New York: A new study based on news articles on Twitter, finds that public has pushed the envelope on Covid-19 safety precautions and ignored warnings 11 months after the Covid pandemic.
The study was published in the Journal of Medical Internet Research Infodemiology.
Researchers at University of California-Davis examined how Covid-19 news articles shared to Twitter were first met with anxiety-ridden tweets early in the pandemic, during a coinciding spike in instances of panic-buying, extreme social distancing and quarantine measures.
Study found that despite the increased death toll, those behaviours then gave way over time to less concerned responses to Covid-19 news, along with increases in societal risk-taking during that time period.
"Our study shows a need to delve deeper into how to re-sensitise the public and motivate them to take action in the face of an ongoing emergency. Testing the effectiveness of various health-risk communication strategies could quite possibly mean the difference between life and death in the future," said said lead author Hannah Stevens, a doctoral student from the varsity's Department of Communication.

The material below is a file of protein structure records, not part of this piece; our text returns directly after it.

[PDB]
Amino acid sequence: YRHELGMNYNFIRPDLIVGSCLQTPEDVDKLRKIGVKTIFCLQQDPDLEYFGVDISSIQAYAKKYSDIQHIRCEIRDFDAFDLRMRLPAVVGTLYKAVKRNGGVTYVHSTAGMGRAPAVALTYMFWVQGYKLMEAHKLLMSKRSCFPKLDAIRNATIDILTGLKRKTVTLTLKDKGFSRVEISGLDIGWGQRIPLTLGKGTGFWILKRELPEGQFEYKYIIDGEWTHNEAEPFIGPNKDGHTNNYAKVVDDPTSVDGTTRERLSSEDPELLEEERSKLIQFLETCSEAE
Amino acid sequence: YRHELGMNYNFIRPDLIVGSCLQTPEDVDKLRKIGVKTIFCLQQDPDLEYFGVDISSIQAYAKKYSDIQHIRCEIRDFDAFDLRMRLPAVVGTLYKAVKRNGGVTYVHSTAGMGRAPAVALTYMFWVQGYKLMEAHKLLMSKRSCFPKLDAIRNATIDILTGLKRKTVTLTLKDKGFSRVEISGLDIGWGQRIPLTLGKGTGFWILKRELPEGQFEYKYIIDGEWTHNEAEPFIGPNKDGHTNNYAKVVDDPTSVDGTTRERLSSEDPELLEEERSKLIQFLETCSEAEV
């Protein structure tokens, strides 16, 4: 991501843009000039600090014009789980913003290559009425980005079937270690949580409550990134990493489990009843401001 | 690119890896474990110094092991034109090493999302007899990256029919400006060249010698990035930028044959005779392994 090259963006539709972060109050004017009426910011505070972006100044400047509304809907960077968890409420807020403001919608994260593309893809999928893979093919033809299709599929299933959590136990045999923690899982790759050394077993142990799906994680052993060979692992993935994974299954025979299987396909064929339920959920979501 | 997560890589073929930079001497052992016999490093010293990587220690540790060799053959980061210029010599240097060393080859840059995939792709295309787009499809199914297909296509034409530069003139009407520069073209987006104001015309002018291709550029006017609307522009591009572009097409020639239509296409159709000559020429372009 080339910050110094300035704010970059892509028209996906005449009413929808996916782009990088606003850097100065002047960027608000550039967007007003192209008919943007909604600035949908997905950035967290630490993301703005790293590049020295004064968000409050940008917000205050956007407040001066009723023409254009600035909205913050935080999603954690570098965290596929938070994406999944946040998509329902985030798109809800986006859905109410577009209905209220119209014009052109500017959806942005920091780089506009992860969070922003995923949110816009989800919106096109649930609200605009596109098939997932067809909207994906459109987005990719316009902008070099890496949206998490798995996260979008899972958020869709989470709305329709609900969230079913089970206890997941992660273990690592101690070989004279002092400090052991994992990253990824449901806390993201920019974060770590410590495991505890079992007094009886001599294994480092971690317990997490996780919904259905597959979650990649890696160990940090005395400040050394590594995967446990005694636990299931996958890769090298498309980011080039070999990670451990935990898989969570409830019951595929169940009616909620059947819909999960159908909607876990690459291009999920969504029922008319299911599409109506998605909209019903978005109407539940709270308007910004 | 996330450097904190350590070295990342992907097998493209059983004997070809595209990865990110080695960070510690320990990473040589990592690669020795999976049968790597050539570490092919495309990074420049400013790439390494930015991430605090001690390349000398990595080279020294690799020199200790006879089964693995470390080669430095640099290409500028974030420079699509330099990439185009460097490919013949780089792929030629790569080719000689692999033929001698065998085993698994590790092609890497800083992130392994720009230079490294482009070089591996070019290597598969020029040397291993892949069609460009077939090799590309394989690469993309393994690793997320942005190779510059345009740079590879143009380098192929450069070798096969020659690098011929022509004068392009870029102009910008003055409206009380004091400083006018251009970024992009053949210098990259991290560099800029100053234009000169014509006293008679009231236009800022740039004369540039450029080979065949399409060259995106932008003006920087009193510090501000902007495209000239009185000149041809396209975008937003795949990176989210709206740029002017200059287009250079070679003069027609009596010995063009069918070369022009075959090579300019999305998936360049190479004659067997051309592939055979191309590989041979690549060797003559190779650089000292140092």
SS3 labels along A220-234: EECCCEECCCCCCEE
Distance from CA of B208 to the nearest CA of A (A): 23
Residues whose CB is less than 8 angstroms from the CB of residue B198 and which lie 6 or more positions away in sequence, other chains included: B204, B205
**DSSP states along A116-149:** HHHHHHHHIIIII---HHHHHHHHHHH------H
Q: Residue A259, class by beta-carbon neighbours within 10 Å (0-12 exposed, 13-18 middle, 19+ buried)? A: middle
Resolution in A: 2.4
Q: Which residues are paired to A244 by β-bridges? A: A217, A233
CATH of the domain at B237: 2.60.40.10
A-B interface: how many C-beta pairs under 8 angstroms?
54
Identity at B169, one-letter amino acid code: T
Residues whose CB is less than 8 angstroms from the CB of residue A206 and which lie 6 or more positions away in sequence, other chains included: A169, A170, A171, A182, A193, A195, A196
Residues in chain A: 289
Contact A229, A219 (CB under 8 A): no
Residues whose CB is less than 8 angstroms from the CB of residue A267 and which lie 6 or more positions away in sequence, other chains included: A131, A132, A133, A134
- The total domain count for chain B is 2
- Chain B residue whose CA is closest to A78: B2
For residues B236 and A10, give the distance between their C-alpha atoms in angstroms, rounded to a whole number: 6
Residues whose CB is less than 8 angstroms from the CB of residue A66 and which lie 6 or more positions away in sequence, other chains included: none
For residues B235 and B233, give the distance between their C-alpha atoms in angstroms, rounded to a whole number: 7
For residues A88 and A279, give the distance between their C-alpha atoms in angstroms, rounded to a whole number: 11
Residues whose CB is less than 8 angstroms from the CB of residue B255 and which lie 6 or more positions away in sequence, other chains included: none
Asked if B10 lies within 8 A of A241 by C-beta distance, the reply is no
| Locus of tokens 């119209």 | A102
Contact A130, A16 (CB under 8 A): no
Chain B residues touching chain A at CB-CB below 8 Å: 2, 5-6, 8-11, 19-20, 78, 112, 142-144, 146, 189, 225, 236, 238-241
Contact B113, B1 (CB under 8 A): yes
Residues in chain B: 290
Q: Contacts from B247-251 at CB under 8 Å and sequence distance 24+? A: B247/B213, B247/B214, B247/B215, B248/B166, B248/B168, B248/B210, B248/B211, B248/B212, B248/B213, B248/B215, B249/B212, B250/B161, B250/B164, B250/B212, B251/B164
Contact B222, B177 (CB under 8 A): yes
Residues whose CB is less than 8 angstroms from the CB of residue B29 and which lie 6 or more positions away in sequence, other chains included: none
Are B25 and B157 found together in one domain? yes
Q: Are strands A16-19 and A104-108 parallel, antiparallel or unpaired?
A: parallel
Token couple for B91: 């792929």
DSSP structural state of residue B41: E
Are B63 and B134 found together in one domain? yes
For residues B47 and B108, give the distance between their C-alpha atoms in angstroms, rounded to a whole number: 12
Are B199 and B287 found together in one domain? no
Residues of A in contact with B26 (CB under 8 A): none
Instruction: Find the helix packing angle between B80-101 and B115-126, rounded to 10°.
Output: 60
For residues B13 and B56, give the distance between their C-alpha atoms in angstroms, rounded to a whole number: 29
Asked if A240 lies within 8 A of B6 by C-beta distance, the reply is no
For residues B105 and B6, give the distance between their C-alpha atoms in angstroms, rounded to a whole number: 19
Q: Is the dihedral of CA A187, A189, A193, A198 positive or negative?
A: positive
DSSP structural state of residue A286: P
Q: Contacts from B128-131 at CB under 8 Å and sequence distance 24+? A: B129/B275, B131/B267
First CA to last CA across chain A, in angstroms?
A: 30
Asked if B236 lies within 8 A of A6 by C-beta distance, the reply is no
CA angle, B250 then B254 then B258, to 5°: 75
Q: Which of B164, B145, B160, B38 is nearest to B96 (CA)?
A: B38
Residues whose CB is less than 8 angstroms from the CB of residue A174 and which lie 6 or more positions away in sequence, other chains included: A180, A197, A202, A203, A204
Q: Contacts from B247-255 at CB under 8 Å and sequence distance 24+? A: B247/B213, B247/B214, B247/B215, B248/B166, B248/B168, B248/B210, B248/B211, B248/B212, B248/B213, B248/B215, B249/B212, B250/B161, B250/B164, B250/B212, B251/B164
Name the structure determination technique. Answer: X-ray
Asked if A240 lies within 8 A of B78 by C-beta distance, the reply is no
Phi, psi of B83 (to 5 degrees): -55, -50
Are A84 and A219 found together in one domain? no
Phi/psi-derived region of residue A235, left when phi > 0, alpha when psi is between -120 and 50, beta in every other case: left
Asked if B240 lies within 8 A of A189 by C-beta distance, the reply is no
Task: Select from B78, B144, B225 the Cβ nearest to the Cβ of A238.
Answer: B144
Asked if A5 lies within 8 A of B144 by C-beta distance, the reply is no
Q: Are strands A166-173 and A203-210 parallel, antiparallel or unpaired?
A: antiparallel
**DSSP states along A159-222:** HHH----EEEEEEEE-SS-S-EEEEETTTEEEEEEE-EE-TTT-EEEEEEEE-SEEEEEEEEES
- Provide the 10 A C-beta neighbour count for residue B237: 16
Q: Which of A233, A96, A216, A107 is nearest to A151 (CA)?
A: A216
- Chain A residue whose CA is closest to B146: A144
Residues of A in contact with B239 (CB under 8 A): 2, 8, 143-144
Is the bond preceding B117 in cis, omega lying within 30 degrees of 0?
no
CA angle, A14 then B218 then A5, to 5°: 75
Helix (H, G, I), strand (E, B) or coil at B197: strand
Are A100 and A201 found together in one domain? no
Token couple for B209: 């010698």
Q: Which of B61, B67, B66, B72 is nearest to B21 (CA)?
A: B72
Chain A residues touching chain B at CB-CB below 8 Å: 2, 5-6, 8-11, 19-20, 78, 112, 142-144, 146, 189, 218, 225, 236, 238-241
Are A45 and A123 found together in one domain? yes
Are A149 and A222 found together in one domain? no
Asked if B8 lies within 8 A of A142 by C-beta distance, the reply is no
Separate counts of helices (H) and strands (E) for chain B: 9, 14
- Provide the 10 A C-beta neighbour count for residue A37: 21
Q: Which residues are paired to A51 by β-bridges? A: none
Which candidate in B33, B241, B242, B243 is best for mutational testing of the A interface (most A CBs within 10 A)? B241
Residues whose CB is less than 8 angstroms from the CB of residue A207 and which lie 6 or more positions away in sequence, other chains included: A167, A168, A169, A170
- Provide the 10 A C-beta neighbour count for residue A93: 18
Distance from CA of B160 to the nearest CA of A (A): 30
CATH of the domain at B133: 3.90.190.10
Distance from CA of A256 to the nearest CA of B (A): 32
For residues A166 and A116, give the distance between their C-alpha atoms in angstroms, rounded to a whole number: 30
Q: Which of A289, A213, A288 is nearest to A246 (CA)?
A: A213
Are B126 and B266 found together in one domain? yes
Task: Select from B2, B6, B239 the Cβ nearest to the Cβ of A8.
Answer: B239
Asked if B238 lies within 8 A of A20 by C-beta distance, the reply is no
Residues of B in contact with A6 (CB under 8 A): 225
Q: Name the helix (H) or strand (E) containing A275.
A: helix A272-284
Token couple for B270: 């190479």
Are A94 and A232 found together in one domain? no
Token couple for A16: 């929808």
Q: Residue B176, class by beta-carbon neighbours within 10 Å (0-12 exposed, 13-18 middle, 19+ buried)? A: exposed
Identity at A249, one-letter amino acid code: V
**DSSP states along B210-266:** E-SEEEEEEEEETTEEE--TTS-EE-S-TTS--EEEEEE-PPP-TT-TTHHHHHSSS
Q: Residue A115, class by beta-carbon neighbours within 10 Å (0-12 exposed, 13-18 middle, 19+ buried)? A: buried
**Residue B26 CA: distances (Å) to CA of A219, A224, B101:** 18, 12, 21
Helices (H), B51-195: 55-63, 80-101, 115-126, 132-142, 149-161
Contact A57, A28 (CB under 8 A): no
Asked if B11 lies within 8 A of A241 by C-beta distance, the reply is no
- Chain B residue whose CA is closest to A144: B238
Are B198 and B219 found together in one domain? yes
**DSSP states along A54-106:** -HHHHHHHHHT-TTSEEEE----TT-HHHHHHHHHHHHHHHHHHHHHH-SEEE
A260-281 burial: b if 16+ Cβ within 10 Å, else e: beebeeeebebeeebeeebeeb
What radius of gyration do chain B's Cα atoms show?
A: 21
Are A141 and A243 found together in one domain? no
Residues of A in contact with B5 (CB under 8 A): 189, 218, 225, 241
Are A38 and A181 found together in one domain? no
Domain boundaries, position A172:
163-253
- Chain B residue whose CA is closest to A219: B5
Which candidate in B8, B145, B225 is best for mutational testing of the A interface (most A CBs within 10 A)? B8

"If another health crisis occurred today, or Covid-19 takes another turn for the worse, it is essential for public health officials to consider that they are communicating to a desensitised public. I hope that this paper can be an impetus to get that discussion started," she added.
During a period of 11 months, the team used a computerised methodology to analyse linguistic anxiety levels in hundreds of Covid-19 news articles on Twitter, along with the anxiety levels in corresponding user tweets. They then correlated the findings with the Covid-19 death toll in the United States.